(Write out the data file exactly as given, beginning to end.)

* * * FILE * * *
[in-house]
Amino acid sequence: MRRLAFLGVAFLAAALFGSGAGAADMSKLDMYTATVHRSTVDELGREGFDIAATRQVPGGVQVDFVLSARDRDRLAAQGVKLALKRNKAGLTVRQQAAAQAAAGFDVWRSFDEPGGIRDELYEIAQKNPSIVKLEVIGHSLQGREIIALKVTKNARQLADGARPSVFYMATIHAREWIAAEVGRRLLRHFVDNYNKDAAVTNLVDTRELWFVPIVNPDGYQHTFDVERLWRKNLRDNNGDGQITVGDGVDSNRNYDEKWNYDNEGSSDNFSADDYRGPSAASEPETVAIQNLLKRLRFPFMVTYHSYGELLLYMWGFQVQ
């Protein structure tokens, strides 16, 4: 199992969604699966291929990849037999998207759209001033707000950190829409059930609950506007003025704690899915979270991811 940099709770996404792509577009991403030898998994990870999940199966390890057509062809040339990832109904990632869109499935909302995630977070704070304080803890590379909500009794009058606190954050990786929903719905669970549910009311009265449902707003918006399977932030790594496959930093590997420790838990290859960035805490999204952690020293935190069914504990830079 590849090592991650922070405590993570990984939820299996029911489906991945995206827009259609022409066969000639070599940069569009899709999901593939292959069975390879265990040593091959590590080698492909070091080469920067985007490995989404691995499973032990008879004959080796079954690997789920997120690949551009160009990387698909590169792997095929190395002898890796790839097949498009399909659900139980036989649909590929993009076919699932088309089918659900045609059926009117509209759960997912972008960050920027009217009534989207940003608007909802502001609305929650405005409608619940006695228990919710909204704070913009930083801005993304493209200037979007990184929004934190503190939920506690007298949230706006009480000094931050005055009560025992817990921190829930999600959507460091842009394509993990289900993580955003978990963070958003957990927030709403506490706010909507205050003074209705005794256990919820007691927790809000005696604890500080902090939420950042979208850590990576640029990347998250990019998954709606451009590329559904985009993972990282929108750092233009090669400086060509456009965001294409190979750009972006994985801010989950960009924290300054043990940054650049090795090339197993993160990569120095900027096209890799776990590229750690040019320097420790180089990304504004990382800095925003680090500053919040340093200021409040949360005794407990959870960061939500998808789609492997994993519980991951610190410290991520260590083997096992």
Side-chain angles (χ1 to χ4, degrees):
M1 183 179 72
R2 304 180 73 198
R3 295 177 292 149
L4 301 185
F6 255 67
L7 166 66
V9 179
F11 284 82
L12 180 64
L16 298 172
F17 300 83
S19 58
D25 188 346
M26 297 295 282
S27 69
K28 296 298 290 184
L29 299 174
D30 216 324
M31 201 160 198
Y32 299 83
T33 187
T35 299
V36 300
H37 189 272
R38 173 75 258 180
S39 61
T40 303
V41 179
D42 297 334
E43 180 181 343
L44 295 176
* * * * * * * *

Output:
[in-house]
Amino acid sequence: MRRLAFLGVAFLAAALFGSGAGAADMSKLDMYTATVHRSTVDELGREGFDIAATRQVPGGVQVDFVLSARDRDRLAAQGVKLALKRNKAGLTVRQQAAAQAAAGFDVWRSFDEPGGIRDELYEIAQKNPSIVKLEVIGHSLQGREIIALKVTKNARQLADGARPSVFYMATIHAREWIAAEVGRRLLRHFVDNYNKDAAVTNLVDTRELWFVPIVNPDGYQHTFDVERLWRKNLRDNNGDGQITVGDGVDSNRNYDEKWNYDNEGSSDNFSADDYRGPSAASEPETVAIQNLLKRLRFPFMVTYHSYGELLLYMWGFQVQ
């Protein structure tokens, strides 16, 4: 199992969604699966291929990849037999998207759209001033707000950190829409059930609950506007003025704690899915979270991811 940099709770996404792509577009991403030898998994990870999940199966390890057509062809040339990832109904990632869109499935909302995630977070704070304080803890590379909500009794009058606190954050990786929903719905669970549910009311009265449902707003918006399977932030790594496959930093590997420790838990290859960035805490999204952690020293935190069914504990830079 590849090592991650922070405590993570990984939820299996029911489906991945995206827009259609022409066969000639070599940069569009899709999901593939292959069975390879265990040593091959590590080698492909070091080469920067985007490995989404691995499973032990008879004959080796079954690997789920997120690949551009160009990387698909590169792997095929190395002898890796790839097949498009399909659900139980036989649909590929993009076919699932088309089918659900045609059926009117509209759960997912972008960050920027009217009534989207940003608007909802502001609305929650405005409608619940006695228990919710909204704070913009930083801005993304493209200037979007990184929004934190503190939920506690007298949230706006009480000094931050005055009560025992817990921190829930999600959507460091842009394509993990289900993580955003978990963070958003957990927030709403506490706010909507205050003074209705005794256990919820007691927790809000005696604890500080902090939420950042979208850590990576640029990347998250990019998954709606451009590329559904985009993972990282929108750092233009090669400086060509456009965001294409190979750009972006994985801010989950960009924290300054043990940054650049090795090339197993993160990569120095900027096209890799776990590229750690040019320097420790180089990304504004990382800095925003680090500053919040340093200021409040949360005794407990959870960061939500998808789609492997994993519980991951610190410290991520260590083997096992």
Side-chain angles (χ1 to χ4, degrees):
M1 183 179 72
R2 304 180 73 198
R3 295 177 292 149
L4 301 185
F6 255 67
L7 166 66
V9 179
F11 284 82
L12 180 64
L16 298 172
F17 300 83
S19 58
D25 188 346
M26 297 295 282
S27 69
K28 296 298 290 184
L29 299 174
D30 216 324
M31 201 160 198
Y32 299 83
T33 187
T35 299
V36 300
H37 189 272
R38 173 75 258 180
S39 61
T40 303
V41 179
D42 297 334
E43 180 181 343
L44 295 176